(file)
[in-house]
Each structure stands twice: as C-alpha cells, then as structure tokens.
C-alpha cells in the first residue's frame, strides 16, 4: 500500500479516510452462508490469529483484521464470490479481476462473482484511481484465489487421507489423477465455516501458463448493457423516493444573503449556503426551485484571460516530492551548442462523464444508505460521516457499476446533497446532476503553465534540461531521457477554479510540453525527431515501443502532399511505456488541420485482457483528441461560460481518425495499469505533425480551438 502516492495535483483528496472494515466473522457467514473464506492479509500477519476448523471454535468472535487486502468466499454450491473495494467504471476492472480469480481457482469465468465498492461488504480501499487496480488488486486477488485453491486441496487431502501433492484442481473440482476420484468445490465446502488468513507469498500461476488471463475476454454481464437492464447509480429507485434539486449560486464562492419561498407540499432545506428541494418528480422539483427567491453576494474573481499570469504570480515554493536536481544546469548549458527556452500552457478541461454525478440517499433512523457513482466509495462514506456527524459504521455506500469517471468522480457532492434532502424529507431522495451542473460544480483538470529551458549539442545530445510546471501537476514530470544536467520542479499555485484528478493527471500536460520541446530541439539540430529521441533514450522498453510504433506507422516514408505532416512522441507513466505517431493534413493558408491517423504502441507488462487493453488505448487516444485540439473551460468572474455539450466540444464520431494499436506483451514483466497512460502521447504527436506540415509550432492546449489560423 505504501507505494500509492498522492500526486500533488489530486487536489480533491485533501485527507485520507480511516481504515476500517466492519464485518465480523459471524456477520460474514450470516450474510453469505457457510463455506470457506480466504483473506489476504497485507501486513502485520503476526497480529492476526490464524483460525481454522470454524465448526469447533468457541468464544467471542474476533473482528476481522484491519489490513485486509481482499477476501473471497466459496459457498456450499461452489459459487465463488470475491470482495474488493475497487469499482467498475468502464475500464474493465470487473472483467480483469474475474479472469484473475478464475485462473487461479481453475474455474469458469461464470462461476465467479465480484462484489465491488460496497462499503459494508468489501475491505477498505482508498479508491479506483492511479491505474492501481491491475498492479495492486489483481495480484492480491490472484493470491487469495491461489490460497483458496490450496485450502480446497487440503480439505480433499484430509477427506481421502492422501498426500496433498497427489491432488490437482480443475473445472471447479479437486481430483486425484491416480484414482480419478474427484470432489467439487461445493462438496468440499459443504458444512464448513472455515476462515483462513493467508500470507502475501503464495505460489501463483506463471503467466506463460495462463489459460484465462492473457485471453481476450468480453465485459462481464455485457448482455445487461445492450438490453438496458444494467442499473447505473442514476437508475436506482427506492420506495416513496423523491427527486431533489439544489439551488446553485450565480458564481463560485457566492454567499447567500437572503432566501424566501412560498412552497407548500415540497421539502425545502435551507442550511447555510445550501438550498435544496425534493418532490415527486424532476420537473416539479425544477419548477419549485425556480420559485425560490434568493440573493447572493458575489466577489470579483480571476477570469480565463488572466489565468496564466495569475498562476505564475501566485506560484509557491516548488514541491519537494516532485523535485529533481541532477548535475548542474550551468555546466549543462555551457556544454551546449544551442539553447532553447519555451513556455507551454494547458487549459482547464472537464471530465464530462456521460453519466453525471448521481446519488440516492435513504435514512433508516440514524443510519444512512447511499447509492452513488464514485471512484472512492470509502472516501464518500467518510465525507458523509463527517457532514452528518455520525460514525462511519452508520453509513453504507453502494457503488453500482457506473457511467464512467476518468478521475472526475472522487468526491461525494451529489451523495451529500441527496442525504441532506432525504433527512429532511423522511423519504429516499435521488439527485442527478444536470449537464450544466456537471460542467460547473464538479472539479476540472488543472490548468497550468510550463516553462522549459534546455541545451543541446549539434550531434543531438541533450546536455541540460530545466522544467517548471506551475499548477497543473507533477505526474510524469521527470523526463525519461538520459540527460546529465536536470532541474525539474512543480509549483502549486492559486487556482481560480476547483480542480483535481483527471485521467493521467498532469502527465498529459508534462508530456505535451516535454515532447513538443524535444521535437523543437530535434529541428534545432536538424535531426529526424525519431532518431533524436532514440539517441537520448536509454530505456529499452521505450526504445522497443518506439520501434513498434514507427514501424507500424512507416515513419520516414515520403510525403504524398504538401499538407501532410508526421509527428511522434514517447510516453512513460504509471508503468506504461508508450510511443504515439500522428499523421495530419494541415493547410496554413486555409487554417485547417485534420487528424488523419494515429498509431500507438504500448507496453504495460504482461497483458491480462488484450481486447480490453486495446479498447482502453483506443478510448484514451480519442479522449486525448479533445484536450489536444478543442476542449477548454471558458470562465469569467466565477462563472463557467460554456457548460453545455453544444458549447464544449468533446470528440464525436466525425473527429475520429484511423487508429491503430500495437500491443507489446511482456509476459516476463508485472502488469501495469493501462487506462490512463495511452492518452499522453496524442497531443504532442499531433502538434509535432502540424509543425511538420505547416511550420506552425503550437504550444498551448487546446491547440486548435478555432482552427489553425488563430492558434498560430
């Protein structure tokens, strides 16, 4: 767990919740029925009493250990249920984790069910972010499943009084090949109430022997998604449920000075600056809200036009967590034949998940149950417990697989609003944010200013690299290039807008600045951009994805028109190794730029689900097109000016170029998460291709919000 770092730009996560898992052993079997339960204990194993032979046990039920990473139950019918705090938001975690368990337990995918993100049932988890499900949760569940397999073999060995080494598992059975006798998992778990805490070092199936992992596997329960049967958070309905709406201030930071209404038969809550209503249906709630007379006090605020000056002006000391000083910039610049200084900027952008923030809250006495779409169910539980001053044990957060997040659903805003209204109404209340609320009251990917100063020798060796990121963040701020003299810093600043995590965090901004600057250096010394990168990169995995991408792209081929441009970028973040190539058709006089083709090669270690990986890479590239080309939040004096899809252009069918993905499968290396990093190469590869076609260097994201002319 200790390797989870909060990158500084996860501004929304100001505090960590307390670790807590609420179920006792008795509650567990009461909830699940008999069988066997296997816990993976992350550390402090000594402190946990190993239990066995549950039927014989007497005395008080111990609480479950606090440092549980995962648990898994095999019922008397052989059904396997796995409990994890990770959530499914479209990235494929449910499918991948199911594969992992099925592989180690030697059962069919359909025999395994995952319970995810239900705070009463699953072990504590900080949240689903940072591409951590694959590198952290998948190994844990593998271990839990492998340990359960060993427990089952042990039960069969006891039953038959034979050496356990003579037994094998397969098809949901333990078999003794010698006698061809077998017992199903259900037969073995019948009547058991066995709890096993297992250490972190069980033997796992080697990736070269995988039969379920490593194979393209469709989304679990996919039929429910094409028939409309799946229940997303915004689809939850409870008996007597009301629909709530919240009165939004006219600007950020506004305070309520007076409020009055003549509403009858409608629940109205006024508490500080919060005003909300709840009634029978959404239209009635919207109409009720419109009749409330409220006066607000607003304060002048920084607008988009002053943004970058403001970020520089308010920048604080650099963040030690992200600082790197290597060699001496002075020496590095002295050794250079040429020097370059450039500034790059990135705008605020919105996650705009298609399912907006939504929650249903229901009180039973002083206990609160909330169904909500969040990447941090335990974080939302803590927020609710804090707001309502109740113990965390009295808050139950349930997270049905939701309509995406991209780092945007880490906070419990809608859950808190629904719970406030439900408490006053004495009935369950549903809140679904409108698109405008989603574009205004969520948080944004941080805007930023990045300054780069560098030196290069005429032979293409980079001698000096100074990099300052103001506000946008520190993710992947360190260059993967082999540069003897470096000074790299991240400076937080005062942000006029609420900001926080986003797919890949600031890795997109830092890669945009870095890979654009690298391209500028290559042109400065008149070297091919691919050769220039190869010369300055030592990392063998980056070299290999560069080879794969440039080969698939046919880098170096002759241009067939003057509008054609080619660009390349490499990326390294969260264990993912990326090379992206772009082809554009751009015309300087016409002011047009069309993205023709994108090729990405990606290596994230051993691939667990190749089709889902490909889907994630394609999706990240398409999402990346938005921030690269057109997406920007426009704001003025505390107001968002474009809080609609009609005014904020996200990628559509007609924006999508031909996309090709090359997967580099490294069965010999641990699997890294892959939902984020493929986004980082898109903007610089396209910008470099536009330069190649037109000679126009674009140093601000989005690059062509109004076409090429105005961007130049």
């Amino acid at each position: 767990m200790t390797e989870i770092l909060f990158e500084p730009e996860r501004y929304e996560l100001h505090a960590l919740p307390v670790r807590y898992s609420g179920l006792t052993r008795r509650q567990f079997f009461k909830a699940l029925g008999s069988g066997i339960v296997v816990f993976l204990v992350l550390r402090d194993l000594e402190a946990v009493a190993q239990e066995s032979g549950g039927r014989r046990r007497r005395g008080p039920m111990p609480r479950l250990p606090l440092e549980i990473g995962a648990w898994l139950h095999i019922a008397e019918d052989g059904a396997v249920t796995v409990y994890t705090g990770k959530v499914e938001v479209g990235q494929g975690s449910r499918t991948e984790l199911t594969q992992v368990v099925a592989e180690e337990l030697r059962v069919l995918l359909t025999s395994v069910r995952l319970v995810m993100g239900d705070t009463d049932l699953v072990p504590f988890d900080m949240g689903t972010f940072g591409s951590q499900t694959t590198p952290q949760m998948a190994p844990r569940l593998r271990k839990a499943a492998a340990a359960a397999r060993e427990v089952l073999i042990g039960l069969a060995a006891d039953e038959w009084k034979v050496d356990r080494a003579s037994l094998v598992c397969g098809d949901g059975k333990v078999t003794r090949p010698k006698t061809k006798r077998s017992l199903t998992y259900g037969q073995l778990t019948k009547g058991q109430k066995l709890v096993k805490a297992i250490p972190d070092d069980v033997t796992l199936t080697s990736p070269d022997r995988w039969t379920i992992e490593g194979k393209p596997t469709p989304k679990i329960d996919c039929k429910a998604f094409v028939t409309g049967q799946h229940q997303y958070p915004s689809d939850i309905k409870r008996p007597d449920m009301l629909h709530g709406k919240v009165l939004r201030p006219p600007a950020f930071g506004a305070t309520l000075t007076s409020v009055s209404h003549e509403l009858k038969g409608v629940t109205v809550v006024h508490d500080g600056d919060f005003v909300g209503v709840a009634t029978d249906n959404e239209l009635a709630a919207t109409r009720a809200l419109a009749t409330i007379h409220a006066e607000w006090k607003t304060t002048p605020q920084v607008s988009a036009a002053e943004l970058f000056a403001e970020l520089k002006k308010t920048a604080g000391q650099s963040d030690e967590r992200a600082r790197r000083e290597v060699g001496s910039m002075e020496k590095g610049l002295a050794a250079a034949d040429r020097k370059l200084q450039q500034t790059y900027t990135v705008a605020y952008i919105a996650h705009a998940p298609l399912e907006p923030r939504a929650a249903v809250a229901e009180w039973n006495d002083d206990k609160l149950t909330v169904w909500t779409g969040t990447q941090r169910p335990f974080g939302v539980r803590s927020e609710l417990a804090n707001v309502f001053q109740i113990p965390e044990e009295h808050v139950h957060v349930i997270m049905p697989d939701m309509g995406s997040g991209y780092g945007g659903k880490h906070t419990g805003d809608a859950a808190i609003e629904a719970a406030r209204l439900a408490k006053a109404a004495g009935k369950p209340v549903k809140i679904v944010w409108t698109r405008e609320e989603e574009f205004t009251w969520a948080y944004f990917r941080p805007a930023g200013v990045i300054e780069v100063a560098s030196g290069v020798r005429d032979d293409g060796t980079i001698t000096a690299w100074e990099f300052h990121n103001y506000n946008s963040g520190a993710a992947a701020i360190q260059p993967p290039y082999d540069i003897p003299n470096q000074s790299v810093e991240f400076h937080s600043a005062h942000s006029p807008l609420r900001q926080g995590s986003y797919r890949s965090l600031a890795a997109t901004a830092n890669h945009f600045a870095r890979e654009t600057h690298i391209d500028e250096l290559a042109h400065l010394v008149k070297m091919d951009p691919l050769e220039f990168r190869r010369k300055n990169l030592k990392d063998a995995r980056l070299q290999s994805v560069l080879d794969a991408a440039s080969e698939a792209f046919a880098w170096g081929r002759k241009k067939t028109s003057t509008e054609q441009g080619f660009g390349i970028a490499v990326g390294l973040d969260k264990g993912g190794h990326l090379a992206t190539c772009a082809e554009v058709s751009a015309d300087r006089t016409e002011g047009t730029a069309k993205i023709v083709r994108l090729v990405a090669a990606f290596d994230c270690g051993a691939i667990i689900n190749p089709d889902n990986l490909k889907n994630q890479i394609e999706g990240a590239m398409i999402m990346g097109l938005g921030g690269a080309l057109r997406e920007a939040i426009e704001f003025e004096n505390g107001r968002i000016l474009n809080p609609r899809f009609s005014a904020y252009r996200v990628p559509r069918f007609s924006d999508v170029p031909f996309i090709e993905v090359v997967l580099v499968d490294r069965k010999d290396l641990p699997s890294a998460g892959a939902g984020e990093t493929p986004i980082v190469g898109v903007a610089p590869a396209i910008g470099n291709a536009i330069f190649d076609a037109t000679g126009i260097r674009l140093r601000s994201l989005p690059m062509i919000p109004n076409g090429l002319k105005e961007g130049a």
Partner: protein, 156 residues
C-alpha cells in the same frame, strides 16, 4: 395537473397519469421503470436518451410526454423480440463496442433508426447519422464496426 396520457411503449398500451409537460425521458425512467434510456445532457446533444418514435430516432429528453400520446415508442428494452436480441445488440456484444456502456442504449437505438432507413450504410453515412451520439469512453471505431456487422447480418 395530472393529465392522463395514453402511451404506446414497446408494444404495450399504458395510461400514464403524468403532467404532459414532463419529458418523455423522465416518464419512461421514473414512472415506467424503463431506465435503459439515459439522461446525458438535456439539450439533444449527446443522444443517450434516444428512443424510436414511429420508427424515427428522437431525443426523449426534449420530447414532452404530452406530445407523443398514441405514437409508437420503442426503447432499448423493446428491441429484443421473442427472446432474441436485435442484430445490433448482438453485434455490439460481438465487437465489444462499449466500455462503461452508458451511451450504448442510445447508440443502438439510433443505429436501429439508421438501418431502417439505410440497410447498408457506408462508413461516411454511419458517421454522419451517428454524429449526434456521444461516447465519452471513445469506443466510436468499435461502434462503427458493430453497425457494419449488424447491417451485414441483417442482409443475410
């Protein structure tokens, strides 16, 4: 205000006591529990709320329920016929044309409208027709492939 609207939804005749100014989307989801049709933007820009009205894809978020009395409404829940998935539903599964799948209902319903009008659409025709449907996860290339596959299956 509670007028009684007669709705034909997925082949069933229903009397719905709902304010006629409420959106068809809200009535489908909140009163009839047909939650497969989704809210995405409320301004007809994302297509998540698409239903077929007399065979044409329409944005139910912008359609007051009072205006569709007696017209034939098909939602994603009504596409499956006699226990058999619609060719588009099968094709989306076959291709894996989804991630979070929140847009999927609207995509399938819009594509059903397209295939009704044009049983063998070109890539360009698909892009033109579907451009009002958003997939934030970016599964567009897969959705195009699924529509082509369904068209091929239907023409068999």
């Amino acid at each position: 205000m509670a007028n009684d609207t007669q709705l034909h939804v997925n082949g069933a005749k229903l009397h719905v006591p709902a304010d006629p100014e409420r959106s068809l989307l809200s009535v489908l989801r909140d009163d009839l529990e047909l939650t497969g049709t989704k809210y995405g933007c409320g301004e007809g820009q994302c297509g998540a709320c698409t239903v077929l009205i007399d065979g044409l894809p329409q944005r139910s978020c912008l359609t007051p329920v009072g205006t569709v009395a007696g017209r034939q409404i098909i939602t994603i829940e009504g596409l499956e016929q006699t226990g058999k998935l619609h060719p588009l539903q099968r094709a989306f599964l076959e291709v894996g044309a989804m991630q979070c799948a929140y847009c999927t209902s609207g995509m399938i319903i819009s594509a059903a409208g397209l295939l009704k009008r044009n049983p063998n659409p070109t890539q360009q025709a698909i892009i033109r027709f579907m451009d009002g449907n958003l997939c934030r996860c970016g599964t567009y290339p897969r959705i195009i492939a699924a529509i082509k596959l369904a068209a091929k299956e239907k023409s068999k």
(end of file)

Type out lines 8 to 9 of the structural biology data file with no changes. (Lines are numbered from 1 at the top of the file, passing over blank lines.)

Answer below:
């Protein structure tokens, strides 16, 4: 205000006591529990709320329920016929044309409208027709492939 609207939804005749100014989307989801049709933007820009009205894809978020009395409404829940998935539903599964799948209902319903009008659409025709449907996860290339596959299956 509670007028009684007669709705034909997925082949069933229903009397719905709902304010006629409420959106068809809200009535489908909140009163009839047909939650497969989704809210995405409320301004007809994302297509998540698409239903077929007399065979044409329409944005139910912008359609007051009072205006569709007696017209034939098909939602994603009504596409499956006699226990058999619609060719588009099968094709989306076959291709894996989804991630979070929140847009999927609207995509399938819009594509059903397209295939009704044009049983063998070109890539360009698909892009033109579907451009009002958003997939934030970016599964567009897969959705195009699924529509082509369904068209091929239907023409068999």
């Amino acid at each position: 205000m509670a007028n009684d609207t007669q709705l034909h939804v997925n082949g069933a005749k229903l009397h719905v006591p709902a304010d006629p100014e409420r959106s068809l989307l809200s009535v489908l989801r909140d009163d009839l529990e047909l939650t497969g049709t989704k809210y995405g933007c409320g301004e007809g820009q994302c297509g998540a709320c698409t239903v077929l009205i007399d065979g044409l894809p329409q944005r139910s978020c912008l359609t007051p329920v009072g205006t569709v009395a007696g017209r034939q409404i098909i939602t994603i829940e009504g596409l499956e016929q006699t226990g058999k998935l619609h060719p588009l539903q099968r094709a989306f599964l076959e291709v894996g044309a989804m991630q979070c799948a929140y847009c999927t209902s609207g995509m399938i319903i819009s594509a059903a409208g397209l295939l009704k009008r044009n049983p063998n659409p070109t890539q360009q025709a698909i892009i033109r027709f579907m451009d009002g449907n958003l997939c934030r996860c970016g599964t567009y290339p897969r959705i195009i492939a699924a529509i082509k596959l369904a068209a091929k299956e239907k023409s068999k």